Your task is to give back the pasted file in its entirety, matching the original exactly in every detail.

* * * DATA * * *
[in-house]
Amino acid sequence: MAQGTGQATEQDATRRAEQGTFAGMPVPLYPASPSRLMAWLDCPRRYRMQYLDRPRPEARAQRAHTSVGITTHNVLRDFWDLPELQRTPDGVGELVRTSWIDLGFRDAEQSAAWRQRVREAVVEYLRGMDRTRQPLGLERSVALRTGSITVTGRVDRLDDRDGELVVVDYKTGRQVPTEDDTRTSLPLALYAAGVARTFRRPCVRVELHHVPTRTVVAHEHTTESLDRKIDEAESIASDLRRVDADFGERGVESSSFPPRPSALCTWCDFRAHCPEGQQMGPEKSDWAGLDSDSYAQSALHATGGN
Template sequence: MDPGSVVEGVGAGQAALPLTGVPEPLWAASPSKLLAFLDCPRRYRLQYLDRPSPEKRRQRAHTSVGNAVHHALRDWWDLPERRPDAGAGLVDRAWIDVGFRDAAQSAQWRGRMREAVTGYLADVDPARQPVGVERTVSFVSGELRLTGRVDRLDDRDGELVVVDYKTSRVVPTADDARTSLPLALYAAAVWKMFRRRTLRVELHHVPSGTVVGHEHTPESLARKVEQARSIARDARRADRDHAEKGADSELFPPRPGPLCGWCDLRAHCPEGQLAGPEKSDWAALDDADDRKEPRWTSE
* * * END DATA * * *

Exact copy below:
[in-house]
Amino acid sequence: MAQGTGQATEQDATRRAEQGTFAGMPVPLYPASPSRLMAWLDCPRRYRMQYLDRPRPEARAQRAHTSVGITTHNVLRDFWDLPELQRTPDGVGELVRTSWIDLGFRDAEQSAAWRQRVREAVVEYLRGMDRTRQPLGLERSVALRTGSITVTGRVDRLDDRDGELVVVDYKTGRQVPTEDDTRTSLPLALYAAGVARTFRRPCVRVELHHVPTRTVVAHEHTTESLDRKIDEAESIASDLRRVDADFGERGVESSSFPPRPSALCTWCDFRAHCPEGQQMGPEKSDWAGLDSDSYAQSALHATGGN
Template sequence: MDPGSVVEGVGAGQAALPLTGVPEPLWAASPSKLLAFLDCPRRYRLQYLDRPSPEKRRQRAHTSVGNAVHHALRDWWDLPERRPDAGAGLVDRAWIDVGFRDAAQSAQWRGRMREAVTGYLADVDPARQPVGVERTVSFVSGELRLTGRVDRLDDRDGELVVVDYKTSRVVPTADDARTSLPLALYAAAVWKMFRRRTLRVELHHVPSGTVVGHEHTPESLARKVEQARSIARDARRADRDHAEKGADSELFPPRPGPLCGWCDLRAHCPEGQLAGPEKSDWAALDDADDRKEPRWTSE